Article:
Biden repeats claim he’ll be in ‘trouble’ for taking press question

President Biden claimed he would be in ‘real trouble’ for taking another question from the press Saturday following remarks about the passage of the $1.2 trillion infrastructure bill

“I can take … I’m going to get in real trouble … this is the last question I’m taking,” Biden said. 

“You can decide who I’m pointing to,” he continued, closing his eyes and pointing toward gathered reporters.

The resulting question dealt with when Americans could expect to see the benefits of the infrastructure bill and when the Build Back Better bill would be passed. 

BIDEN HAILS ‘LONG OVERDUE’ INFRASTRUCTURE BILL AFTER IT PASSES HOUSE WITH GOP VOTES: ‘JUST GETTING STARTED’

President Biden speaks during a press conference in the State Dinning Room at the White House Nov. 6, 2021. The President was speaking after his Infrastructure bill was finally passed in the House of Representatives after negotiations with lawmakers on Capitol Hill went late into the night. (Photo by Samuel Corum/Getty Images)

President Biden speaks during a press conference in the State Dinning Room at the White House Nov. 6, 2021. The President was speaking after his Infrastructure bill was finally passed in the House of Representatives after negotiations with lawmakers on Capitol Hill went late into the night. (Photo by Samuel Corum/Getty Images)

“I don’t want to make your job easier … I know the answer exactly when it’s going to be passed,” the president joked in response. 

He then predicted that Americans will see the benefits of the infrastructure bill “probably starting within the next two to three months.” 

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The president has a history of saying he will be in hot water with his staff for taking media questions. 

In June, the president joked his staff would be upset with him if he did not conduct an event as they wanted him to.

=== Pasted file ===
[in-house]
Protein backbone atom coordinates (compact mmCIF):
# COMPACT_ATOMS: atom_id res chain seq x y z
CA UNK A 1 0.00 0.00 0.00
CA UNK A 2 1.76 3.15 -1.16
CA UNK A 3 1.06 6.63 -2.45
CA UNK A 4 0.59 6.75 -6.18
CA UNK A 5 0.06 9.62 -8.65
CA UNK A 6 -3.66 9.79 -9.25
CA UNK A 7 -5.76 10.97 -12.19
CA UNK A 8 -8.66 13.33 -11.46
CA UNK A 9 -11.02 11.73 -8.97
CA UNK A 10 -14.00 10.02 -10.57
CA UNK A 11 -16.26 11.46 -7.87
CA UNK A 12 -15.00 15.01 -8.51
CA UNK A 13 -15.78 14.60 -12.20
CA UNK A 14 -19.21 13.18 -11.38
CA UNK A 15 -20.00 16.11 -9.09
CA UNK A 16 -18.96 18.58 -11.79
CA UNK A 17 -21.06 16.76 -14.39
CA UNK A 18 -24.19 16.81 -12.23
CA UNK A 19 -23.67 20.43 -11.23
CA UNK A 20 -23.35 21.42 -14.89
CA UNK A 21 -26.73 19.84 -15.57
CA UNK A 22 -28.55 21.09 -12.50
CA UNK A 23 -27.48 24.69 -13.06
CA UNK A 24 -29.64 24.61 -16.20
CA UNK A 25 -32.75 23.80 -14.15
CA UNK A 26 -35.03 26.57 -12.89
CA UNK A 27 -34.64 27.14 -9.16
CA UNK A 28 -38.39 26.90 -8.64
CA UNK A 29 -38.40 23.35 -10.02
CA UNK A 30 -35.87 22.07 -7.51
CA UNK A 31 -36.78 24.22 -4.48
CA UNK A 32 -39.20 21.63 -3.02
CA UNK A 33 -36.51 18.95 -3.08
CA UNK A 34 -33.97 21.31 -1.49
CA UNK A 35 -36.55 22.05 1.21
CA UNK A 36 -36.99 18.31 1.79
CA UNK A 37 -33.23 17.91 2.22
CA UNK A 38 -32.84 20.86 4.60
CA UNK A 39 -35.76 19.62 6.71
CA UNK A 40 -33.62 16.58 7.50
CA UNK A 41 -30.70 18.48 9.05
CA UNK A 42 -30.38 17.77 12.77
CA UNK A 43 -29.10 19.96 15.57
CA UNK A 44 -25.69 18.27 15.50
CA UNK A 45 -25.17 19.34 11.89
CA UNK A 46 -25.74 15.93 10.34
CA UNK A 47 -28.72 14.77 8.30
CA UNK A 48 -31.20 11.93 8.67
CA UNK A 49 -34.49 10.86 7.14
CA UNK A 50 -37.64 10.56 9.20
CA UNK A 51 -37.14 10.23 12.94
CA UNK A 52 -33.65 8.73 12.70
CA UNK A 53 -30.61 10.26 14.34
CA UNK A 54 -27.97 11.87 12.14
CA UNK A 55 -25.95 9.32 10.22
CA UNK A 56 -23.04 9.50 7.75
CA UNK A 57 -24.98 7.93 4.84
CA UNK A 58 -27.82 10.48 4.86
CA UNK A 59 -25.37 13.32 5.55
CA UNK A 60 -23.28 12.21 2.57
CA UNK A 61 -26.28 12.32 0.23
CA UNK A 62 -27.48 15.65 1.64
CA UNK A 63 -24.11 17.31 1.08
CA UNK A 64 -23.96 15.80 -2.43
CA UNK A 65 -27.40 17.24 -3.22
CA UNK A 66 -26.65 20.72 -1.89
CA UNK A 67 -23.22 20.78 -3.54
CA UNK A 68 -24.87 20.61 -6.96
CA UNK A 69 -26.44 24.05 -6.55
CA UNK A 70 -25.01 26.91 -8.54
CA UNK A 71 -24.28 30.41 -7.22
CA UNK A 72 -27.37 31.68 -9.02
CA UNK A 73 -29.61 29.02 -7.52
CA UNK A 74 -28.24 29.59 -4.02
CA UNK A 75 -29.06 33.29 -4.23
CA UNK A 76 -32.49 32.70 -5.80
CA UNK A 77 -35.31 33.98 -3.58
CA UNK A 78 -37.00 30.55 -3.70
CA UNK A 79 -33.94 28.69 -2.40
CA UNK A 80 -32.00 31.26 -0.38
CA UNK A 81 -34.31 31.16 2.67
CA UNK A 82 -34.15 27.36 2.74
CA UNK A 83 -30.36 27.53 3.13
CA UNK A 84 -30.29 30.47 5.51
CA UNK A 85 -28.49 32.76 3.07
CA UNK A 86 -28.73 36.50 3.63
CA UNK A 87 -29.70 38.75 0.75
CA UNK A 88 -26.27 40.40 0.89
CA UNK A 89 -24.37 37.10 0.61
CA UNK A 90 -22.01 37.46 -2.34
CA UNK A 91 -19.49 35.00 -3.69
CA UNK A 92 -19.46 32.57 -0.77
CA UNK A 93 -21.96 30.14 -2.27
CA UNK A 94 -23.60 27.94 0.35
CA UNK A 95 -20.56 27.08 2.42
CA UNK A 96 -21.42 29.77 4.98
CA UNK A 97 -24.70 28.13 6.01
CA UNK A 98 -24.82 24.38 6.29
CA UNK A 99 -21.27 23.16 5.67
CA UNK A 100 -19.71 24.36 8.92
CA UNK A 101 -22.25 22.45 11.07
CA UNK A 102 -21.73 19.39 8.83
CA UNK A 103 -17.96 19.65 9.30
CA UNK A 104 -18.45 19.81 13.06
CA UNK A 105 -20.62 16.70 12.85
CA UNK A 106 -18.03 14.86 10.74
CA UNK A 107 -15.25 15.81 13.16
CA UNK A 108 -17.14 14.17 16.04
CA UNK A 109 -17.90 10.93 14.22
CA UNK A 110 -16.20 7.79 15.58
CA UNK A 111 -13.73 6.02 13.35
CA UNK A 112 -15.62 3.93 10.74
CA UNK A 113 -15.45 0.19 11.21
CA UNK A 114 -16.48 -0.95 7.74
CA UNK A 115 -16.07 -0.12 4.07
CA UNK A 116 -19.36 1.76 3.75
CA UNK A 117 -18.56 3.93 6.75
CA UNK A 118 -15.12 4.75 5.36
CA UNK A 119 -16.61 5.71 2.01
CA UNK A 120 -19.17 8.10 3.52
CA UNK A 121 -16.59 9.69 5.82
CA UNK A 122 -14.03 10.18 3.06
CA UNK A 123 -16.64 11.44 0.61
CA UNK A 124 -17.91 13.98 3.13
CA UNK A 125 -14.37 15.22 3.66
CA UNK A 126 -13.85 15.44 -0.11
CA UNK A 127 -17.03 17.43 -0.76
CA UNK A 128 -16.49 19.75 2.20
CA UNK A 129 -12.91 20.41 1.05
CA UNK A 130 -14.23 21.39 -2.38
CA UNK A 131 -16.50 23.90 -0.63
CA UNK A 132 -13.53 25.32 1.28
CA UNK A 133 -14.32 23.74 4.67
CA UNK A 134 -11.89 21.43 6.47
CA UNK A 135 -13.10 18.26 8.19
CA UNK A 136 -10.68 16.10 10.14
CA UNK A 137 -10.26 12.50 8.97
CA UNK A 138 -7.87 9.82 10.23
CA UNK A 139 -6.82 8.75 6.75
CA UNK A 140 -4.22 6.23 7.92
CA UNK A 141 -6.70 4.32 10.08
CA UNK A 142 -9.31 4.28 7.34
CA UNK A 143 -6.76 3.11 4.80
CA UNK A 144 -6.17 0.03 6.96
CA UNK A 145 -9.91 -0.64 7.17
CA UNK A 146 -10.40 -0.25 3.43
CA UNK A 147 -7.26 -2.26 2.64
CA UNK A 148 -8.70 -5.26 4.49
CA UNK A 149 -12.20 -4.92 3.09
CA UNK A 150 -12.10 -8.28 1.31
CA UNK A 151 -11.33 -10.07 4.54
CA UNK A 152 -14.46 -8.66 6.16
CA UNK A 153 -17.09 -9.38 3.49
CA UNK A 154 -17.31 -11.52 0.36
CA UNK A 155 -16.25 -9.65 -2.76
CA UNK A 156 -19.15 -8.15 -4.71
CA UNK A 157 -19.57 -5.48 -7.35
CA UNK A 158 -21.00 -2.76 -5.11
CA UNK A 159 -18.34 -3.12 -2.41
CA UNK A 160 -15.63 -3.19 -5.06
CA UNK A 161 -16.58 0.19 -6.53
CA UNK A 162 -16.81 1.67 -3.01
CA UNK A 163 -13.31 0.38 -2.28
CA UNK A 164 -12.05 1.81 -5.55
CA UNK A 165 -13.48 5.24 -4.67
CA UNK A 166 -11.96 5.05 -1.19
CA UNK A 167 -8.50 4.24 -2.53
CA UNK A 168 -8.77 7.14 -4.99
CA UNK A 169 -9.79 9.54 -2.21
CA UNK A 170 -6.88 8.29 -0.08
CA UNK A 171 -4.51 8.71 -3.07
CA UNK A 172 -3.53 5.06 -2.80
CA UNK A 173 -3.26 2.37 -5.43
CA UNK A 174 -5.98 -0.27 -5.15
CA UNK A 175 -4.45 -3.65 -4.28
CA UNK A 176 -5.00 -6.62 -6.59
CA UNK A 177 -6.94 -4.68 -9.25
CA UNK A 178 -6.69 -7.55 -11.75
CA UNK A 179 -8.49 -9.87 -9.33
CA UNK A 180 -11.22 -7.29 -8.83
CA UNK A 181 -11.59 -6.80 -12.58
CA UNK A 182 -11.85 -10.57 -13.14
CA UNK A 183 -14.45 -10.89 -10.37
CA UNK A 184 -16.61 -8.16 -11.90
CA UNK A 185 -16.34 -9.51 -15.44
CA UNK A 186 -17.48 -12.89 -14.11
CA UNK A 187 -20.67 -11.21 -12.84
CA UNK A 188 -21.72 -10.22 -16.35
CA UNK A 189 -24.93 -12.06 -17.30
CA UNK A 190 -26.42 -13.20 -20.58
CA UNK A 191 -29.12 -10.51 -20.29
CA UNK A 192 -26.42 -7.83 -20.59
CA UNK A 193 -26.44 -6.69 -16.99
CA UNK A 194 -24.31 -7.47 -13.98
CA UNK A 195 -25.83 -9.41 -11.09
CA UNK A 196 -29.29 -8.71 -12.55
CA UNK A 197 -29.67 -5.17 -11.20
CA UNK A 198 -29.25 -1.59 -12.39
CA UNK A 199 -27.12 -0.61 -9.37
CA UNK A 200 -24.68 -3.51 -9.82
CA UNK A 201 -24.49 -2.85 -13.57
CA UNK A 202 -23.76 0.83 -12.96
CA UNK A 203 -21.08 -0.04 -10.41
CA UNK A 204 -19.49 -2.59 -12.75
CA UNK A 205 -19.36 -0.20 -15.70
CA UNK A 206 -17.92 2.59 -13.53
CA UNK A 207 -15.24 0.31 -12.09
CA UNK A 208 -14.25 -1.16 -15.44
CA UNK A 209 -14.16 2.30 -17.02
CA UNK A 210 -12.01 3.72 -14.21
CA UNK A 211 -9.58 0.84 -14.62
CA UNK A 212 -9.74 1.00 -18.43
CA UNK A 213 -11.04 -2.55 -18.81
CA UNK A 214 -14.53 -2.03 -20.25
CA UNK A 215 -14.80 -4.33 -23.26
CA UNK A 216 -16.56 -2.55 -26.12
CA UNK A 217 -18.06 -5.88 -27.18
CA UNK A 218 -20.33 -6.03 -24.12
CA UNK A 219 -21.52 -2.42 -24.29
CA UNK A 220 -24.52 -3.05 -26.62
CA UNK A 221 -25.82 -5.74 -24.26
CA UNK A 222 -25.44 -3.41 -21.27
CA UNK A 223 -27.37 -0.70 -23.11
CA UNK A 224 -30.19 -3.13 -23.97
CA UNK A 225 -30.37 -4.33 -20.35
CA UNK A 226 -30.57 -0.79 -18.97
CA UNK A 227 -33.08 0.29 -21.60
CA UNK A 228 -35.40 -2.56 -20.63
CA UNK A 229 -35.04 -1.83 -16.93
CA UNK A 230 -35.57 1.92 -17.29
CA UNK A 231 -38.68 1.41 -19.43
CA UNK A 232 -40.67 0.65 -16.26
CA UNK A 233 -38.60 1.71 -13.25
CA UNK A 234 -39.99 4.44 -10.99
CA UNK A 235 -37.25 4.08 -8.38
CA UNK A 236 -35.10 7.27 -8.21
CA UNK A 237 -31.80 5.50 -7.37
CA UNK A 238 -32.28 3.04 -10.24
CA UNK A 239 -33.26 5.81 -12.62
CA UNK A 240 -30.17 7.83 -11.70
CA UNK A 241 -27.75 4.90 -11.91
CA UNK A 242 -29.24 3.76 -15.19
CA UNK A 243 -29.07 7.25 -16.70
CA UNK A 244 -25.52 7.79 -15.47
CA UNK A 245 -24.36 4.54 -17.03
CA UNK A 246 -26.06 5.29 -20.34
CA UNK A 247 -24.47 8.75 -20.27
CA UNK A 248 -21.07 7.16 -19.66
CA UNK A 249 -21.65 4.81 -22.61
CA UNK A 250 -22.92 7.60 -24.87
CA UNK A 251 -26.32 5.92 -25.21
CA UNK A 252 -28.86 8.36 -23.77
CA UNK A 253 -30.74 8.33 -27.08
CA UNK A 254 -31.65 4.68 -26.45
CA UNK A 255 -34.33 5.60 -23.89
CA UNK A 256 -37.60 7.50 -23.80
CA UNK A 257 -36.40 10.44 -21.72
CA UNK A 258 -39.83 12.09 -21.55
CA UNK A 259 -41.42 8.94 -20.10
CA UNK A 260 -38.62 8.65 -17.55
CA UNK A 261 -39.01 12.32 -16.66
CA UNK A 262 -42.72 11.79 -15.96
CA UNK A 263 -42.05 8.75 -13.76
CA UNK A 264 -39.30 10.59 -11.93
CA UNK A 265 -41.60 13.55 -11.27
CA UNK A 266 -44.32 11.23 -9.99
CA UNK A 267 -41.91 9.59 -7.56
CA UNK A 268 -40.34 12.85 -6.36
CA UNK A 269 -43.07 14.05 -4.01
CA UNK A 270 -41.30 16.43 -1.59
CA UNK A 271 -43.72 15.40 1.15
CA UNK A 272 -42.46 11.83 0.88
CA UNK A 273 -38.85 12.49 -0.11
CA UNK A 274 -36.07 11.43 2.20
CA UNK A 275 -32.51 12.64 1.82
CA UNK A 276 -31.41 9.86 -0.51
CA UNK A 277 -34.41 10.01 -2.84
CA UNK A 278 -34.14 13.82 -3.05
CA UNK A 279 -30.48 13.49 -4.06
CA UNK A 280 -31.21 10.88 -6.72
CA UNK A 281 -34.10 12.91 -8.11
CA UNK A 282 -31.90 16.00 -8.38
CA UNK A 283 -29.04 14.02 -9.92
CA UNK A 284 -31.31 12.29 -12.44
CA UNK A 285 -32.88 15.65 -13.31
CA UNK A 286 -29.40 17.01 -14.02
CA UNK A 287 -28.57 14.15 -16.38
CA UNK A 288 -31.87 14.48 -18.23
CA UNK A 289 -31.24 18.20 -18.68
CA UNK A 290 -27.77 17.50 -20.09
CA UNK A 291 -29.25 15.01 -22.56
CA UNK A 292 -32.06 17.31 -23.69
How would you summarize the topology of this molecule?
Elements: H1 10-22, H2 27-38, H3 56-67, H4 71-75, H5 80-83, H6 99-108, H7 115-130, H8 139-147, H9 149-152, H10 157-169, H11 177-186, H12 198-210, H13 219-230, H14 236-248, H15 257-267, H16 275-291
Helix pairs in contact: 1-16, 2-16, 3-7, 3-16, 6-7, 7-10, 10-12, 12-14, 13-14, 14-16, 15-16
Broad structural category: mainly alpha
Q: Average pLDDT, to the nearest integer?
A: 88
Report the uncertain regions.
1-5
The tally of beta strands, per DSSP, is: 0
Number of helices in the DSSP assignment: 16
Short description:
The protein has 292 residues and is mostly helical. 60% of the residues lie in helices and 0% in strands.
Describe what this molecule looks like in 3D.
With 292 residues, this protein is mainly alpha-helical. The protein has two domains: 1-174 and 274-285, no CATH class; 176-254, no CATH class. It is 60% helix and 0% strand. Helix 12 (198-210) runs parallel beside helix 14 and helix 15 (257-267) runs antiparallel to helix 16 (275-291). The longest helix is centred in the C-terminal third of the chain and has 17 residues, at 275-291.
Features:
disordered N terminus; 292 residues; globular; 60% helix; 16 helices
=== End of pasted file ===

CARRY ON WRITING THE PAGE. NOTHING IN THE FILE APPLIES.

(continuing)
“I’m sorry. I’m going to get in trouble with my staff if I don’t do this the right way,” Biden said. 

In April, the president again claimed he would be “in trouble” if he continued to take questions from reporters after speaking about new federal health guidelines for mask wearing for vaccinated and non-vaccinated Americans. 

President Biden acknowledges Vice President Kamala Harris during a press conference in the State Dinning Room at the White House Nov. 6, 2021 in Washington. The President was speaking after his Infrastructure bill was finally passed in the House of Representatives after negotiations with lawmakers on Capitol Hill went late into the night. (Photo by Samuel Corum/Getty Images)

President Biden acknowledges Vice President Kamala Harris during a press conference in the State Dinning Room at the White House Nov. 6, 2021 in Washington. The President was speaking after his Infrastructure bill was finally passed in the House of Representatives after negotiations with lawmakers on Capitol Hill went late into the night. (Photo by Samuel Corum/Getty Images)

“I’m sorry, this is the last question I’ll take, and I’m really gonna be in trouble,” he said after listening to questions about his own mask wearing and a potential summit with Russian President Vladimir Putin. 

Biden’s press secretary Jen Psaki has also said that Biden taking reporter questions is “not something we recommend.” 

In an interview with CNN senior political commentator David Axelrod, Psaki claimed that, at times, she advises Biden not to take questions from reporters. 

President Biden delivers remarks on the passage of the Bipartisan Infrastructure Deal and the rule that will allow the passage of the Build Back Better Act in the State Dining Room at the White House Nov. 6, 2021.  (Photo by ROBERTO SCHMIDT/AFP via Getty Images)

President Biden delivers remarks on the passage of the Bipartisan Infrastructure Deal and the rule that will allow the passage of the Build Back Better Act in the State Dining Room at the White House Nov. 6, 2021.  (Photo by ROBERTO SCHMIDT/AFP via Getty Images)

“That is not something we recommend,” said Psaki. “In fact, a lot of times we say ‘don’t take questions,’ but he’s going to do what he wants to do because he’s the president of the United States.” 

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Biden made his comment Saturday after remarks he made about the passage of what he called a “long overdue” infrastructure bill, which passed in the House of Representatives Friday.

Fox News’ Brandon Gillespie, David Rutz, Ronn Blitzer, and Adam Shaw contributed to this report.

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